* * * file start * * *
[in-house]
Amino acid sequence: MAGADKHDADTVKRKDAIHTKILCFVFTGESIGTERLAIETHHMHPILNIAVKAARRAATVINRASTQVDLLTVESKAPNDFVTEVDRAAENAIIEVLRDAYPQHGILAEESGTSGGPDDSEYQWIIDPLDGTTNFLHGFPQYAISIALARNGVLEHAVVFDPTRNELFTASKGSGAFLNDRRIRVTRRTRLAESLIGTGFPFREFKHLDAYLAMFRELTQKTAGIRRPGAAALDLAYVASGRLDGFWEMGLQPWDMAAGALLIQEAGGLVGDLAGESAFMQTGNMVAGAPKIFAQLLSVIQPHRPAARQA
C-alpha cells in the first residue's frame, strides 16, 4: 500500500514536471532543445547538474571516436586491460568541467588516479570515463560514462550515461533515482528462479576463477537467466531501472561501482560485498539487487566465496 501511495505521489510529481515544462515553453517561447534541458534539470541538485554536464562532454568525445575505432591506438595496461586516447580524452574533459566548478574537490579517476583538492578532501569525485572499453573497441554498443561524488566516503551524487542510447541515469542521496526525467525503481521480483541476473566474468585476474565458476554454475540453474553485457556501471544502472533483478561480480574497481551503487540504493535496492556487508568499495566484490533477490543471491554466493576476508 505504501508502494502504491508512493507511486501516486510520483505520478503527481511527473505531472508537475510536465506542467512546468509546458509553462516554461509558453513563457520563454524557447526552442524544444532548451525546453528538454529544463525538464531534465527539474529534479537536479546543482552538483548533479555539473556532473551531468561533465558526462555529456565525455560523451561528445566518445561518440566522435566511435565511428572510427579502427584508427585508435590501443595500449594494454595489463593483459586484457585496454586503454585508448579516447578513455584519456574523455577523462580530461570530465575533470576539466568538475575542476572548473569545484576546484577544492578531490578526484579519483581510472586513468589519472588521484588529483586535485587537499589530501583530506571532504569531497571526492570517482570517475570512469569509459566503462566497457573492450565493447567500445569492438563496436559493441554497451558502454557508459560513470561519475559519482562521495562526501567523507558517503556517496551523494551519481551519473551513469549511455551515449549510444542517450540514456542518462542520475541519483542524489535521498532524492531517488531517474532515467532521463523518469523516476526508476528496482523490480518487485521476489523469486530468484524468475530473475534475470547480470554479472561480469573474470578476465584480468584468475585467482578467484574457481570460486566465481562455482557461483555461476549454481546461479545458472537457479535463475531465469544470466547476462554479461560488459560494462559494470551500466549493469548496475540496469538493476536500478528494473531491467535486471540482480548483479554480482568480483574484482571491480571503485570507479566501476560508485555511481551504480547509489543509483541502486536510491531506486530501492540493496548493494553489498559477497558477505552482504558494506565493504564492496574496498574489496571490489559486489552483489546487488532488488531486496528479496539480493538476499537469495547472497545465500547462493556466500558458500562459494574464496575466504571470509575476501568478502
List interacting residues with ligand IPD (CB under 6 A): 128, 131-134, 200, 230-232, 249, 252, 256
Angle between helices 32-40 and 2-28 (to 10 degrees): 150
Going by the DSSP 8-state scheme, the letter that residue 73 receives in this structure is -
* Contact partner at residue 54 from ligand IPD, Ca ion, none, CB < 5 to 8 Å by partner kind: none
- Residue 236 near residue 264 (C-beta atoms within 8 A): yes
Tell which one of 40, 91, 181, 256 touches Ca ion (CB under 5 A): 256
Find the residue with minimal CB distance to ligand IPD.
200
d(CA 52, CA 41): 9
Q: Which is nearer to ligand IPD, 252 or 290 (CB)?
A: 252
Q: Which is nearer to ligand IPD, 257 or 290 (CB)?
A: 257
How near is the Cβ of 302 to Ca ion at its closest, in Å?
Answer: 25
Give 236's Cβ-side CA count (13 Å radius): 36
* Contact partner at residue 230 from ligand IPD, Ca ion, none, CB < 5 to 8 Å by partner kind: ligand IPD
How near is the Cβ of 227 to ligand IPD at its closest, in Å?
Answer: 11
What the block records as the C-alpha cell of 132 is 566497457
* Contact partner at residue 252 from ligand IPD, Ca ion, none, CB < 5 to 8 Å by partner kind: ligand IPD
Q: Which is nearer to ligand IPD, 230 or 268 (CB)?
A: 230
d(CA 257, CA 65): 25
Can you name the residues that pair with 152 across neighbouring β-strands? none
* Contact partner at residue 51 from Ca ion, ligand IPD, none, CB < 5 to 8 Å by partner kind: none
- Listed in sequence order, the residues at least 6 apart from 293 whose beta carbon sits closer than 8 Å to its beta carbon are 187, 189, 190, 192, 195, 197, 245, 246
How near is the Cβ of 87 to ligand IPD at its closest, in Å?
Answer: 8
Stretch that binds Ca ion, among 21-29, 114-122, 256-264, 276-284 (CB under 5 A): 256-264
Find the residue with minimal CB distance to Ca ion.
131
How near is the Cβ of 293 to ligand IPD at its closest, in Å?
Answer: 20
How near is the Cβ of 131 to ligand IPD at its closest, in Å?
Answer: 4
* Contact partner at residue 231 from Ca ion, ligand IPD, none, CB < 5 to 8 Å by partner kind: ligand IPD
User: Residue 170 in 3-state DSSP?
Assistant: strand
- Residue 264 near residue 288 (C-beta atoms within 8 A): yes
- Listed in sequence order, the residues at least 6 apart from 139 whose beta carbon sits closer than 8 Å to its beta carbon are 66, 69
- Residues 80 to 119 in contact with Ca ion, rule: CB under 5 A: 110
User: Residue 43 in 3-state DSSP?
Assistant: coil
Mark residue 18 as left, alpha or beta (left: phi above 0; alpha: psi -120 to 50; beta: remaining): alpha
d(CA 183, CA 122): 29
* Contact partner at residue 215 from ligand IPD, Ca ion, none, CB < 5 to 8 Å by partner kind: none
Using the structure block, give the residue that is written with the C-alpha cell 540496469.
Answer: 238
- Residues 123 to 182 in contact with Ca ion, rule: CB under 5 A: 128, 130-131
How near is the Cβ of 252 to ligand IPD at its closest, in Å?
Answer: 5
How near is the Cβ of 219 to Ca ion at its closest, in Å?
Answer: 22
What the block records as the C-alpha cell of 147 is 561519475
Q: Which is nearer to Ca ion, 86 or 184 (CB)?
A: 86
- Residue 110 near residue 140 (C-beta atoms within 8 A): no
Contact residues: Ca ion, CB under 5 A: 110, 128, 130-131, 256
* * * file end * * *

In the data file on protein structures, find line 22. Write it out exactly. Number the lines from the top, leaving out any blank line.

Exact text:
Answer: 11